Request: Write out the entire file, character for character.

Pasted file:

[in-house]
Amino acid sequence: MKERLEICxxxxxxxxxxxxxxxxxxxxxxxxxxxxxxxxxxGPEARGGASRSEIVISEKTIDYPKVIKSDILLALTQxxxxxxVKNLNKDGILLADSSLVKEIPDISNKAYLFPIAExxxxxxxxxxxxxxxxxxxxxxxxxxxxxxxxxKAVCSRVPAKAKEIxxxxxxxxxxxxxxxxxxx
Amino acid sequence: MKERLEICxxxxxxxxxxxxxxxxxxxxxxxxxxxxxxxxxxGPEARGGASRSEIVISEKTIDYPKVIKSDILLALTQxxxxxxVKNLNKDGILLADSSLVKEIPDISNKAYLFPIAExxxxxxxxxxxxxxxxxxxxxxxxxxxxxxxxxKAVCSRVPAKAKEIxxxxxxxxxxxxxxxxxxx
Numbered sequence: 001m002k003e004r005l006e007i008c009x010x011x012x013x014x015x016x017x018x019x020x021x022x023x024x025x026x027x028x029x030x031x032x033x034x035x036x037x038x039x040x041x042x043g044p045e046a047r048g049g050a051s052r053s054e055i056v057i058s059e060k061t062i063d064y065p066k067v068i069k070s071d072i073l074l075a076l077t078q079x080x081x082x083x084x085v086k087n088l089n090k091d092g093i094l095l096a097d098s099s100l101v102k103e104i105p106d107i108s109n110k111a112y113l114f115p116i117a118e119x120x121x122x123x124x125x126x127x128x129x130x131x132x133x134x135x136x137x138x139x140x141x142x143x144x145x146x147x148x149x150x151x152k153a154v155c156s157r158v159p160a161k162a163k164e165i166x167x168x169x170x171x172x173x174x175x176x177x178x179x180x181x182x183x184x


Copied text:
[in-house]
Amino acid sequence: MKERLEICxxxxxxxxxxxxxxxxxxxxxxxxxxxxxxxxxxGPEARGGASRSEIVISEKTIDYPKVIKSDILLALTQxxxxxxVKNLNKDGILLADSSLVKEIPDISNKAYLFPIAExxxxxxxxxxxxxxxxxxxxxxxxxxxxxxxxxKAVCSRVPAKAKEIxxxxxxxxxxxxxxxxxxx
Amino acid sequence: MKERLEICxxxxxxxxxxxxxxxxxxxxxxxxxxxxxxxxxxGPEARGGASRSEIVISEKTIDYPKVIKSDILLALTQxxxxxxVKNLNKDGILLADSSLVKEIPDISNKAYLFPIAExxxxxxxxxxxxxxxxxxxxxxxxxxxxxxxxxKAVCSRVPAKAKEIxxxxxxxxxxxxxxxxxxx
Numbered sequence: 001m002k003e004r005l006e007i008c009x010x011x012x013x014x015x016x017x018x019x020x021x022x023x024x025x026x027x028x029x030x031x032x033x034x035x036x037x038x039x040x041x042x043g044p045e046a047r048g049g050a051s052r053s054e055i056v057i058s059e060k061t062i063d064y065p066k067v068i069k070s071d072i073l074l075a076l077t078q079x080x081x082x083x084x085v086k087n088l089n090k091d092g093i094l095l096a097d098s099s100l101v102k103e104i105p106d107i108s109n110k111a112y113l114f115p116i117a118e119x120x121x122x123x124x125x126x127x128x129x130x131x132x133x134x135x136x137x138x139x140x141x142x143x144x145x146x147x148x149x150x151x152k153a154v155c156s157r158v159p160a161k162a163k164e165i166x167x168x169x170x171x172x173x174x175x176x177x178x179x180x181x182x183x184x